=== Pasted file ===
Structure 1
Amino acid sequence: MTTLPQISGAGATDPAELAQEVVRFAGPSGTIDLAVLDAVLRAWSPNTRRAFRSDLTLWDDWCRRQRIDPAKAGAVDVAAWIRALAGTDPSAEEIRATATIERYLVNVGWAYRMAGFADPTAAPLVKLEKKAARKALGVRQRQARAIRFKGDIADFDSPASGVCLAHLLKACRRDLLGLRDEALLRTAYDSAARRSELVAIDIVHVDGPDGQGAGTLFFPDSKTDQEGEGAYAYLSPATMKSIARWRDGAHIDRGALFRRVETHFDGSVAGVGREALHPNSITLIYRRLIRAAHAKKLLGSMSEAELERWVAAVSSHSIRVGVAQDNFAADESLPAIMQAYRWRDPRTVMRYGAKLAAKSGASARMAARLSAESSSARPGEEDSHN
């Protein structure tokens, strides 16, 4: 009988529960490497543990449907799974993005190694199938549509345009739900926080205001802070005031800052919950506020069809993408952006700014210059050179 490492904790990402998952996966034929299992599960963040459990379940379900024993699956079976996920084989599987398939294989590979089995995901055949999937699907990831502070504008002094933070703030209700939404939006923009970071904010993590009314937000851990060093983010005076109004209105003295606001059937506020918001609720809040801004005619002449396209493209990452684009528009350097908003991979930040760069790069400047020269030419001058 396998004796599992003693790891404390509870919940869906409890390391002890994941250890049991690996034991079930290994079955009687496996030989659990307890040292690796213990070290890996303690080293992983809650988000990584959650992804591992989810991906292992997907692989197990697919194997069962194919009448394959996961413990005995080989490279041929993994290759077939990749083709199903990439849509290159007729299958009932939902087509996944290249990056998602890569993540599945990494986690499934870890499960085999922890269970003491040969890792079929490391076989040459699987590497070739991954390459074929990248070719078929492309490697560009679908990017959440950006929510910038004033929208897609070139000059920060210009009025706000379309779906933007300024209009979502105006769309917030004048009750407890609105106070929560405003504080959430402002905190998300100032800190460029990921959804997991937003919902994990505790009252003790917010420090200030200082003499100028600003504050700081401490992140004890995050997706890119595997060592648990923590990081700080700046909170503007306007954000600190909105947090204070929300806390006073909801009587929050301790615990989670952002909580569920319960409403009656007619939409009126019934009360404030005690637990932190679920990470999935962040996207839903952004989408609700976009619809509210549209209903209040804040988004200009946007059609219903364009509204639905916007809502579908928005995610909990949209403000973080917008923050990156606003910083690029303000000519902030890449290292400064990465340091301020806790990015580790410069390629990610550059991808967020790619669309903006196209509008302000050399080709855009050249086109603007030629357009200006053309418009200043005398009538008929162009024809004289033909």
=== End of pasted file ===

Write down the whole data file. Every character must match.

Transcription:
Structure 1
Amino acid sequence: MTTLPQISGAGATDPAELAQEVVRFAGPSGTIDLAVLDAVLRAWSPNTRRAFRSDLTLWDDWCRRQRIDPAKAGAVDVAAWIRALAGTDPSAEEIRATATIERYLVNVGWAYRMAGFADPTAAPLVKLEKKAARKALGVRQRQARAIRFKGDIADFDSPASGVCLAHLLKACRRDLLGLRDEALLRTAYDSAARRSELVAIDIVHVDGPDGQGAGTLFFPDSKTDQEGEGAYAYLSPATMKSIARWRDGAHIDRGALFRRVETHFDGSVAGVGREALHPNSITLIYRRLIRAAHAKKLLGSMSEAELERWVAAVSSHSIRVGVAQDNFAADESLPAIMQAYRWRDPRTVMRYGAKLAAKSGASARMAARLSAESSSARPGEEDSHN
């Protein structure tokens, strides 16, 4: 009988529960490497543990449907799974993005190694199938549509345009739900926080205001802070005031800052919950506020069809993408952006700014210059050179 490492904790990402998952996966034929299992599960963040459990379940379900024993699956079976996920084989599987398939294989590979089995995901055949999937699907990831502070504008002094933070703030209700939404939006923009970071904010993590009314937000851990060093983010005076109004209105003295606001059937506020918001609720809040801004005619002449396209493209990452684009528009350097908003991979930040760069790069400047020269030419001058 396998004796599992003693790891404390509870919940869906409890390391002890994941250890049991690996034991079930290994079955009687496996030989659990307890040292690796213990070290890996303690080293992983809650988000990584959650992804591992989810991906292992997907692989197990697919194997069962194919009448394959996961413990005995080989490279041929993994290759077939990749083709199903990439849509290159007729299958009932939902087509996944290249990056998602890569993540599945990494986690499934870890499960085999922890269970003491040969890792079929490391076989040459699987590497070739991954390459074929990248070719078929492309490697560009679908990017959440950006929510910038004033929208897609070139000059920060210009009025706000379309779906933007300024209009979502105006769309917030004048009750407890609105106070929560405003504080959430402002905190998300100032800190460029990921959804997991937003919902994990505790009252003790917010420090200030200082003499100028600003504050700081401490992140004890995050997706890119595997060592648990923590990081700080700046909170503007306007954000600190909105947090204070929300806390006073909801009587929050301790615990989670952002909580569920319960409403009656007619939409009126019934009360404030005690637990932190679920990470999935962040996207839903952004989408609700976009619809509210549209209903209040804040988004200009946007059609219903364009509204639905916007809502579908928005995610909990949209403000973080917008923050990156606003910083690029303000000519902030890449290292400064990465340091301020806790990015580790410069390629990610550059991808967020790619669309903006196209509008302000050399080709855009050249086109603007030629357009200006053309418009200043005398009538008929162009024809004289033909």